By focusing on the production of higher quality materials, it is possible to drive the demand for finished products faster than the supply of raw materials and thus command higher prices. For example, one former landscape company in Ephrata, Penn. started producing its own mulch after experiencing quality problems with other producers.
"At first, we worked with bark from saw mills," recalled Martin Mulch owner John Martin. "In 1989, we started taking recycled wood, because we were looking for more product base to make mulch. We deal primarily in clean wood recycling, [which is] wood that's not painted or treated. We do not get into a lot of demolition because the demolition people don't understand that 'wood' doesn't mean windows, plaster board or carpet."
Martin said that by understanding the end user's requirements and maintaining tight quality standards, their end product market has grown significantly. "We had the benefit of knowing what we wanted in an end product before we started, so we have never had a problem marketing it," Martin said. "In fact, we have had more of a problem producing enough [mulch]. We have a waiting list, and some people wait from one to two years just to get on our list of customers. Over the last four years, the company has been averaging 10 percent to 15 percent growth per year - all by word of mouth and satisfied customers."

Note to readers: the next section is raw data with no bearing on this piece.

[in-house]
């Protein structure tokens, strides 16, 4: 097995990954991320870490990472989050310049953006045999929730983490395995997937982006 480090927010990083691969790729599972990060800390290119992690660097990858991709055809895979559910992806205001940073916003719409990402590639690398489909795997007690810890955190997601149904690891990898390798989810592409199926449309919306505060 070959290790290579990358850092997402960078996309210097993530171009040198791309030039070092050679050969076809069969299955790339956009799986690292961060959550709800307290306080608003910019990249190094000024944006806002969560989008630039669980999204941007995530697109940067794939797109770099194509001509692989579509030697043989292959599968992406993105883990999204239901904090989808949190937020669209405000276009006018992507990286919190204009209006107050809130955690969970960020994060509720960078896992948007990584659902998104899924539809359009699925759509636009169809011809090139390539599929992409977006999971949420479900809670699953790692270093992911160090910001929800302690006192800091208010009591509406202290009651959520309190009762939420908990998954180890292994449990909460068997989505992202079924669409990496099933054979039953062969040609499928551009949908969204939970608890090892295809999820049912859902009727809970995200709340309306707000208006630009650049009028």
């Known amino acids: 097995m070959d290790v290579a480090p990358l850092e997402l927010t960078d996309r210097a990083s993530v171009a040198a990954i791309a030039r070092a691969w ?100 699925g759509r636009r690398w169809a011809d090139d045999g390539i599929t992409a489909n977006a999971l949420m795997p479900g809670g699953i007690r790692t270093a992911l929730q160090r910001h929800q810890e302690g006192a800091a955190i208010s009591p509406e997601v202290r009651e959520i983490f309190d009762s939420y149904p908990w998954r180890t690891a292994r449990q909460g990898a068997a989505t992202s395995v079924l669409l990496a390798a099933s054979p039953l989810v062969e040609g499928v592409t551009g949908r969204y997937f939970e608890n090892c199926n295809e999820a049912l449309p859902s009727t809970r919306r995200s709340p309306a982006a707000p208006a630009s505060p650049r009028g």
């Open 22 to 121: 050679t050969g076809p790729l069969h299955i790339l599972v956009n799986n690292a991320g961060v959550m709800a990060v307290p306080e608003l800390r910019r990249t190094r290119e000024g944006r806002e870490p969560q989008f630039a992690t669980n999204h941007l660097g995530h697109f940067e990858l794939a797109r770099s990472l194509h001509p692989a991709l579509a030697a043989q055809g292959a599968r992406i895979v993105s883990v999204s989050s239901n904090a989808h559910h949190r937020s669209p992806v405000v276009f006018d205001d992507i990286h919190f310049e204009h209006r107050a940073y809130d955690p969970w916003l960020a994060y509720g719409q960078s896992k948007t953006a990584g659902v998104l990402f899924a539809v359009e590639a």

Education is the key to successful processing, and Martin's company works cooperatively with local waste management firms to expand the raw material supply, especially since the state passed a law prohibiting landfilling of clean wood.